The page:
Jerry Bransford Well, you certainly did well in your English studies and your grammar & punctuation is better than most native-born Americans can produce. Nice, we should all strive to write so well.
03-03-2010 01:09 AM
popa Thanks Jerry. I will try to continue my posts about our car industry and its history.
About my English, well, I had the oportunity to study in English my whole university (in Romania, but all the classes, exams, etc were in English) and I had, also, the opportunity to study a little bit abroad, by the help of some scolarships (I have studied in Darlington, UK, London, UK and Barcelona, Spain).
03-02-2010 01:20 PM
Jerry Bransford VERY cool stuff Popa, I'm enjoying your posts here very much.

Also, where did you learn to write in English so well? Your English is superb and your grammar & punctuation is perfect. Far better than most native-born Americans, that is for sure. I cringe at much of the English and grammar written on the various forums, yours is like a welcome breath of fresh air.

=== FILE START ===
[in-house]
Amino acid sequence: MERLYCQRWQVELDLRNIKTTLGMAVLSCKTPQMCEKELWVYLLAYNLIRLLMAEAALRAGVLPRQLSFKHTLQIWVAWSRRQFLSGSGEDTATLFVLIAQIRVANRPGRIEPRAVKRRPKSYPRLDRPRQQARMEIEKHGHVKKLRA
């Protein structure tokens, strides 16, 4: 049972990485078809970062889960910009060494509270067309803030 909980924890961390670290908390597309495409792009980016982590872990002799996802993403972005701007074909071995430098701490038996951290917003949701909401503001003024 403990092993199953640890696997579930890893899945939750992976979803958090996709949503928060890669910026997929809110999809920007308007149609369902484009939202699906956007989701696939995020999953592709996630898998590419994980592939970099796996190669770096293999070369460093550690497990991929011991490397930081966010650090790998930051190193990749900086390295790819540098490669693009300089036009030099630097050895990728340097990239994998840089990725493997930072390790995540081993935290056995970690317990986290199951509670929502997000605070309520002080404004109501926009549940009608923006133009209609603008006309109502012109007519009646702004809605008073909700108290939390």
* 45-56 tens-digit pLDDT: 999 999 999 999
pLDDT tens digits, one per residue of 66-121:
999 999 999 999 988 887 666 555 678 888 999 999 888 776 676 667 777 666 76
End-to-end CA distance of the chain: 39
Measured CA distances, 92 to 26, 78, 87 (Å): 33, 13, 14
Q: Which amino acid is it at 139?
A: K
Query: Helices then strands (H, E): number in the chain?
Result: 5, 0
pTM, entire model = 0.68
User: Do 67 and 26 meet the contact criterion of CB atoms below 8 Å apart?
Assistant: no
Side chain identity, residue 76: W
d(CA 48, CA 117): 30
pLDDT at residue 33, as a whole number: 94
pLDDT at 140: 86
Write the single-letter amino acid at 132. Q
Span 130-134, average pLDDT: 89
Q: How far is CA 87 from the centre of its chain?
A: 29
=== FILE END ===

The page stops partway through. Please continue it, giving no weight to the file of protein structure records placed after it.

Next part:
03-02-2010 08:46 AM
popa
A new SUV was born

Today was launched in front of the press the new Dacia Duster: a new Romanian SUV (well, it is designed by Renault...): Bine aţi venit pe dacia.ro
It promises to be a market hit throughout Europe, because of the reliability proved by Dacia lately, combined with a low price for this kind of car.
01-19-2010 12:56 PM
yj-genral im digging the crosslander
01-18-2010 09:52 AM
popa
Quote:
Originally Posted by Geoff@Bestop View Post
Popa: So in the end an American killed them off? Ouch.